Campus opinions surveyed
More than 11,000 responses were the result of UH President Renu Khator’s 100 Days survey, president of InSite Survey Systems Alan Roberts said.
"We supported the University in analyzing, presenting and organizing the findings received over the past three months," he said.
The survey is part of the University’s effort to attain flagship status. Roberts’ presentation showed the five topics a majority of the responses agreed on.
"The themes were derived from the responses, and from there (we) broke them down to five, such as having better facilities, good academic reputation, premier faculty," Roberts said. "Everyone is on the same page pretty much."
During the presentation, faculty members said they were frustrated because they wanted to know what the responses had been for reoccurring problems, such as parking and PeopleSoft 8.9.
Associate Vice President for University Relations Karen Clarke said the number of constructive criticism in the comments shocked her.
"I expected comments saying ‘what is wrong with this place,’ but people were very supportive and constructive," Clarke said.
After being asked what things needed to be improved at UH, people who participated in the survey were asked how UH could improve.
"The staff responded that UH could reach stature by having good leadership and administrative support, good salaries, enhance transportation services and improve student/alumni and customer service," Roberts said.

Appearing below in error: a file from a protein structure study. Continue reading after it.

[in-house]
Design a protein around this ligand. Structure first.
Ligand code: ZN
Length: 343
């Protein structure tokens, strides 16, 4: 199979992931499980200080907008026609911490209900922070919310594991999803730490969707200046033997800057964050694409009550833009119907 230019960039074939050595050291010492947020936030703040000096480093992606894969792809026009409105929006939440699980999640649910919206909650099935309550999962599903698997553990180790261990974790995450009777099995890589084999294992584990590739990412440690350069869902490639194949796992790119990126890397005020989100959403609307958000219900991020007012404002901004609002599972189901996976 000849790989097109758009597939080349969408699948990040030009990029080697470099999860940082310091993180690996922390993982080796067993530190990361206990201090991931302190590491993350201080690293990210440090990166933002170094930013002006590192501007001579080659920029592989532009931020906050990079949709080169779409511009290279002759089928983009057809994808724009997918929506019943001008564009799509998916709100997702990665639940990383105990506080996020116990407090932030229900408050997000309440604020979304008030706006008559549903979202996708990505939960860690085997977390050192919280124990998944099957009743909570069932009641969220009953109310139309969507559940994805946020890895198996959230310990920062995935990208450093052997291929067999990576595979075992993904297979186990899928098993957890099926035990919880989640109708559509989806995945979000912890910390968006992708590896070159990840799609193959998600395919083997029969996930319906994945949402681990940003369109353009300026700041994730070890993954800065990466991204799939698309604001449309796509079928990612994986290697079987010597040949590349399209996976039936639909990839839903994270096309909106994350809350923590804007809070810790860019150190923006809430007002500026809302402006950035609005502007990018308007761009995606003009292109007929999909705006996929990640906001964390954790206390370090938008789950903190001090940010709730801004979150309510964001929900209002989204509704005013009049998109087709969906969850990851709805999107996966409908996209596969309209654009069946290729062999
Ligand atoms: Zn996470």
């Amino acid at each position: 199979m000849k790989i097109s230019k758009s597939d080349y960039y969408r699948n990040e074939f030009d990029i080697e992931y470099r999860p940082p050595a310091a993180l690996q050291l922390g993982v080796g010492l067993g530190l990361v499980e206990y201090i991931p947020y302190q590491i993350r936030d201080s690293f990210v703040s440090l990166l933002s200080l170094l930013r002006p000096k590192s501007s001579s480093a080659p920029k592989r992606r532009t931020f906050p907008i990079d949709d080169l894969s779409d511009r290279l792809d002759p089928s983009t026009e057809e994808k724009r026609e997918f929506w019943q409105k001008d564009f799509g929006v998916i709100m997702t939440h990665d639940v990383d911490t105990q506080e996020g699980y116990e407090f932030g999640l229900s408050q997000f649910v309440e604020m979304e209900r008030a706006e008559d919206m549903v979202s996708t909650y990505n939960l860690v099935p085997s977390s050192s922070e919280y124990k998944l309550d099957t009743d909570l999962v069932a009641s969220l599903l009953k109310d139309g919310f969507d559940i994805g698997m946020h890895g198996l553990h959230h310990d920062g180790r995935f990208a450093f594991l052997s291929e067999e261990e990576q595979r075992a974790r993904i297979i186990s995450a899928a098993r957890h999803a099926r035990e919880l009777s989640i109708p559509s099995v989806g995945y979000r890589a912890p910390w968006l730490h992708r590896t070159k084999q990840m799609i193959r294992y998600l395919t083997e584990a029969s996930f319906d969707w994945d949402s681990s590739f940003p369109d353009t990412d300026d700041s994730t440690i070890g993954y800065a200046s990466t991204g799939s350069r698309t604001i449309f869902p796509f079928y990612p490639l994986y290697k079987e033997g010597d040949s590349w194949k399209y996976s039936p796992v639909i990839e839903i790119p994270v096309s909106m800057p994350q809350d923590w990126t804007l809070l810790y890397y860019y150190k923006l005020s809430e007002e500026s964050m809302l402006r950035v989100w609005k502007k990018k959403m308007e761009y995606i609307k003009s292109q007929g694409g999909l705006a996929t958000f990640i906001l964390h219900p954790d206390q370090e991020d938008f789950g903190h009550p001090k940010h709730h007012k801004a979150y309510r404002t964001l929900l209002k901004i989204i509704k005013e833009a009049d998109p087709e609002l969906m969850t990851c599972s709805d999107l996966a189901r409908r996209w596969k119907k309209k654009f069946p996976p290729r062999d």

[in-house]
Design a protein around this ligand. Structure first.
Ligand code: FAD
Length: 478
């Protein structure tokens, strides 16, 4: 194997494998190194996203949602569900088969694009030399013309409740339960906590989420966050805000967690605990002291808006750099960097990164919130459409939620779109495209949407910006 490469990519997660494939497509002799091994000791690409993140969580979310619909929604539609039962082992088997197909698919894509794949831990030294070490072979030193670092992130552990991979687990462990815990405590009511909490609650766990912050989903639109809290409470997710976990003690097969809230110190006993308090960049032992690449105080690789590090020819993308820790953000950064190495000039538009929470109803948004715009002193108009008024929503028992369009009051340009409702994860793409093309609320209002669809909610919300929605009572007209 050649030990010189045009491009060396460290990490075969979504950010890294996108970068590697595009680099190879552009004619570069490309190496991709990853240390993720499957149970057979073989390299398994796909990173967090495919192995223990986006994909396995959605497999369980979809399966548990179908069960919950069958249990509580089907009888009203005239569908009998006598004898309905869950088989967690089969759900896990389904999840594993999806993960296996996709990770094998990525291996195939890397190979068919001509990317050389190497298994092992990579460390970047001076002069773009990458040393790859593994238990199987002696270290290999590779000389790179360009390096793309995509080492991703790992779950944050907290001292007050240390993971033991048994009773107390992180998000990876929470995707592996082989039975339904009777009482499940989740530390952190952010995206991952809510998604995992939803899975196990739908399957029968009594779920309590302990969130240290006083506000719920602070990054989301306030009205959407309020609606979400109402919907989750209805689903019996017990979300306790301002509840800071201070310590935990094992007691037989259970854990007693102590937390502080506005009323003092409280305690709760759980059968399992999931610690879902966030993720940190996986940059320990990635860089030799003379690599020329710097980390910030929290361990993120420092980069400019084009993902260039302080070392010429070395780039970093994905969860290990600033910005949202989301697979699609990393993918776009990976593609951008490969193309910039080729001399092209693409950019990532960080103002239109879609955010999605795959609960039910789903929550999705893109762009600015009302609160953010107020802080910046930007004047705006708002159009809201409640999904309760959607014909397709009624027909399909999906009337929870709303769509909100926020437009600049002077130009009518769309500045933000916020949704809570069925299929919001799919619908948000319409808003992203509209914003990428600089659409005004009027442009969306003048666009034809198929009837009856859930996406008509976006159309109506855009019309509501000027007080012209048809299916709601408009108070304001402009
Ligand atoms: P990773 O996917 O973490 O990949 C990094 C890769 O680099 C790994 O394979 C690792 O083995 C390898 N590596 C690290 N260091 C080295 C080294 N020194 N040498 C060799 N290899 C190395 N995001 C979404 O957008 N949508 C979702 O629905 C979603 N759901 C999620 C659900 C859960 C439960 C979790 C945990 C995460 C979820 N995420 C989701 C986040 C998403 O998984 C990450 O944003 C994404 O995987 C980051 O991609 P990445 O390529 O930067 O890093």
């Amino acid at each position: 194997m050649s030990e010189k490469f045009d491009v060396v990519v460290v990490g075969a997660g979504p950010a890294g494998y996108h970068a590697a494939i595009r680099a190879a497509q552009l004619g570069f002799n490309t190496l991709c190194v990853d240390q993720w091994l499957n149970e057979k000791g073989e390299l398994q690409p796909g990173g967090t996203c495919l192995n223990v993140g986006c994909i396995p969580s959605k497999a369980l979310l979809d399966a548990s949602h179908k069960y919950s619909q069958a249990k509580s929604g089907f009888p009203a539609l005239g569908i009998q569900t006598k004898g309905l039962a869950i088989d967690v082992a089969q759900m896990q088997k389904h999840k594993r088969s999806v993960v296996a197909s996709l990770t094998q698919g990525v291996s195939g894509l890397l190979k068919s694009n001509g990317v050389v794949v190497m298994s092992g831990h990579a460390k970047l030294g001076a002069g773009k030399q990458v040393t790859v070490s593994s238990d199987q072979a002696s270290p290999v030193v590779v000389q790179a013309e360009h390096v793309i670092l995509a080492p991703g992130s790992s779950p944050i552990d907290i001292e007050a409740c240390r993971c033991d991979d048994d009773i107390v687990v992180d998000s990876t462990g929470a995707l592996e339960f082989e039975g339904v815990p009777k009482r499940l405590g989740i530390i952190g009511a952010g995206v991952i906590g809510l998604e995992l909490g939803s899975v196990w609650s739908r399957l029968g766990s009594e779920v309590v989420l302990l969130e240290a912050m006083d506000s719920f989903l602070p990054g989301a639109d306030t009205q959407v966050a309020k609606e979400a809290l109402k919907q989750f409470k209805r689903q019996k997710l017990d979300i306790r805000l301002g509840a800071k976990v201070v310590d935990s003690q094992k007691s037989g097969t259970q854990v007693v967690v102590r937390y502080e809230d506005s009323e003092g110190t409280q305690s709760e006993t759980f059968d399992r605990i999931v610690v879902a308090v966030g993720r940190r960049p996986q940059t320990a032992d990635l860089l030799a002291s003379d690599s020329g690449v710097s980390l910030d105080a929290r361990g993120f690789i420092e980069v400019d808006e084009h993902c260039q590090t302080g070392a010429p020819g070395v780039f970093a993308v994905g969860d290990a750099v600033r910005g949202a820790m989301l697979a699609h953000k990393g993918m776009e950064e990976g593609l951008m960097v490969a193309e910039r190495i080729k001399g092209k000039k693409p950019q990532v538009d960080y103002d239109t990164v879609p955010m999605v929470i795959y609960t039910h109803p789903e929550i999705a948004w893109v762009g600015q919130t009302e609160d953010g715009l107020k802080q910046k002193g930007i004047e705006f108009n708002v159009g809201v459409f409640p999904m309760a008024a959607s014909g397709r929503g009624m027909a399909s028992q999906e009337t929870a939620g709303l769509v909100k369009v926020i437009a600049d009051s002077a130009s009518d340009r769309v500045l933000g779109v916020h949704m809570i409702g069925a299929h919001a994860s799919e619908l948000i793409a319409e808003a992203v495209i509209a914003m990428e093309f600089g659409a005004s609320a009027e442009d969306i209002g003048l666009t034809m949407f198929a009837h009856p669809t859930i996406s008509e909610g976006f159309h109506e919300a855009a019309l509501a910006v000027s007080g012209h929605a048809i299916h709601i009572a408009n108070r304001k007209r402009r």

The survey additionally served as a high level view and a good start to build strategies for future UH improvements.
"This information will be used to guide preliminary thoughts, and additional analysis will support these responses," he said. "This is a good way for UH to ensure greater degrees of success by implementing strategies."
The information was sorted into different categories and subdivisions for better understanding.
"The analysis we used to go through all this comments and present findings that will be usable, clear and meaningful. We distilled the comments as over-arching themes and sub-themes. From there, we coded those themes and sub-themes, and then that allowed us to sort and present natural hierarchy of responses," Roberts said.
"The information gathered from this will be used to determine the strengths and guide dialogue as a national premier research institution," Roberts said.
A video of the presentation will be available on the Web in a few days, Clarke said.